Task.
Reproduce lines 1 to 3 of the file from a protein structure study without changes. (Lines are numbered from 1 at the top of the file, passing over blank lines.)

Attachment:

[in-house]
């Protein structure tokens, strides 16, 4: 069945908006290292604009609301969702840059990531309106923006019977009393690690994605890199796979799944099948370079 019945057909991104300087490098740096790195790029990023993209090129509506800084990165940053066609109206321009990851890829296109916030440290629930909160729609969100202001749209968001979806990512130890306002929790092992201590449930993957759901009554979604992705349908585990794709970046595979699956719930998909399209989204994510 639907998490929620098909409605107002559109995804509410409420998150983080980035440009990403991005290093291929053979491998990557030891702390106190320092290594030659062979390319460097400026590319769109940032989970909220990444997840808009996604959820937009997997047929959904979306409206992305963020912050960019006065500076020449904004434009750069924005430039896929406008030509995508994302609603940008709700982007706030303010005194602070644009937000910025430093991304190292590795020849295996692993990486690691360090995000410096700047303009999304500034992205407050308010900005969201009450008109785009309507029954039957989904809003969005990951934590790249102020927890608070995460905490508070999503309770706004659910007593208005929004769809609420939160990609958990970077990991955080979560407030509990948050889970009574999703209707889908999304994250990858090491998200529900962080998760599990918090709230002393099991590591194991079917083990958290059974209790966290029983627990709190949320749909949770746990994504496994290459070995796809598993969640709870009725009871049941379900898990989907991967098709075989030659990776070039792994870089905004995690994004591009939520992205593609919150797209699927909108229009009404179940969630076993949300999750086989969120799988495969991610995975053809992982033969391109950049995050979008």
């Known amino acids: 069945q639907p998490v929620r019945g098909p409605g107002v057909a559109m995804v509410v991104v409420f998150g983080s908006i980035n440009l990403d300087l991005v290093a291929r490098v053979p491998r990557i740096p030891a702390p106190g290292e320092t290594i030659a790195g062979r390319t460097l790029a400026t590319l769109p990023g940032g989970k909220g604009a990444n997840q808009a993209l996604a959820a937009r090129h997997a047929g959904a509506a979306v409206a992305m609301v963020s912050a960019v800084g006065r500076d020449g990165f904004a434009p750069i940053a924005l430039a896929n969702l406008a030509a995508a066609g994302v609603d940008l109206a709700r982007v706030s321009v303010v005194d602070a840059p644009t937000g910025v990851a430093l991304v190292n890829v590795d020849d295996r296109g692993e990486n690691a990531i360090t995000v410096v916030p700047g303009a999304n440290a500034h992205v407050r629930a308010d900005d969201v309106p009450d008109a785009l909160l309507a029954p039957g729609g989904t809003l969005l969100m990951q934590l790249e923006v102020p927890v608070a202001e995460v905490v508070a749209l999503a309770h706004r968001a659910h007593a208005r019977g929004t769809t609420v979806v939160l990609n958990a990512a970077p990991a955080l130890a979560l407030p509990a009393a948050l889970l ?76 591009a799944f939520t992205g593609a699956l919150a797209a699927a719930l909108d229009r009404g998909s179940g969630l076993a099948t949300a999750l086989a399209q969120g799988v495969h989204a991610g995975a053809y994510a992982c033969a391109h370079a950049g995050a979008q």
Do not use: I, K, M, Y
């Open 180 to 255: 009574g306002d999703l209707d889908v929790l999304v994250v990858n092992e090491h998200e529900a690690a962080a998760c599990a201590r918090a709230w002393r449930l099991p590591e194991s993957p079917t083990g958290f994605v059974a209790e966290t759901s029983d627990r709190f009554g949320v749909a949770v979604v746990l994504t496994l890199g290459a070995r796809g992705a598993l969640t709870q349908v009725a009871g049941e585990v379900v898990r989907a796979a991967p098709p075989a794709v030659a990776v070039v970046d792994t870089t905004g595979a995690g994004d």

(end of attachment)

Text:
[in-house]
């Protein structure tokens, strides 16, 4: 069945908006290292604009609301969702840059990531309106923006019977009393690690994605890199796979799944099948370079 019945057909991104300087490098740096790195790029990023993209090129509506800084990165940053066609109206321009990851890829296109916030440290629930909160729609969100202001749209968001979806990512130890306002929790092992201590449930993957759901009554979604992705349908585990794709970046595979699956719930998909399209989204994510 639907998490929620098909409605107002559109995804509410409420998150983080980035440009990403991005290093291929053979491998990557030891702390106190320092290594030659062979390319460097400026590319769109940032989970909220990444997840808009996604959820937009997997047929959904979306409206992305963020912050960019006065500076020449904004434009750069924005430039896929406008030509995508994302609603940008709700982007706030303010005194602070644009937000910025430093991304190292590795020849295996692993990486690691360090995000410096700047303009999304500034992205407050308010900005969201009450008109785009309507029954039957989904809003969005990951934590790249102020927890608070995460905490508070999503309770706004659910007593208005929004769809609420939160990609958990970077990991955080979560407030509990948050889970009574999703209707889908999304994250990858090491998200529900962080998760599990918090709230002393099991590591194991079917083990958290059974209790966290029983627990709190949320749909949770746990994504496994290459070995796809598993969640709870009725009871049941379900898990989907991967098709075989030659990776070039792994870089905004995690994004591009939520992205593609919150797209699927909108229009009404179940969630076993949300999750086989969120799988495969991610995975053809992982033969391109950049995050979008």
């Known amino acids: 069945q639907p998490v929620r019945g098909p409605g107002v057909a559109m995804v509410v991104v409420f998150g983080s908006i980035n440009l990403d300087l991005v290093a291929r490098v053979p491998r990557i740096p030891a702390p106190g290292e320092t290594i030659a790195g062979r390319t460097l790029a400026t590319l769109p990023g940032g989970k909220g604009a990444n997840q808009a993209l996604a959820a937009r090129h997997a047929g959904a509506a979306v409206a992305m609301v963020s912050a960019v800084g006065r500076d020449g990165f904004a434009p750069i940053a924005l430039a896929n969702l406008a030509a995508a066609g994302v609603d940008l109206a709700r982007v706030s321009v303010v005194d602070a840059p644009t937000g910025v990851a430093l991304v190292n890829v590795d020849d295996r296109g692993e990486n690691a990531i360090t995000v410096v916030p700047g303009a999304n440290a500034h992205v407050r629930a308010d900005d969201v309106p009450d008109a785009l909160l309507a029954p039957g729609g989904t809003l969005l969100m990951q934590l790249e923006v102020p927890v608070a202001e995460v905490v508070a749209l999503a309770h706004r968001a659910h007593a208005r019977g929004t769809t609420v979806v939160l990609n958990a990512a970077p990991a955080l130890a979560l407030p509990a009393a948050l889970l ?76 591009a799944f939520t992205g593609a699956l919150a797209a699927a719930l909108d229009r009404g998909s179940g969630l076993a099948t949300a999750l086989a399209q969120g799988v495969h989204a991610g995975a053809y994510a992982c033969a391109h370079a950049g995050a979008q």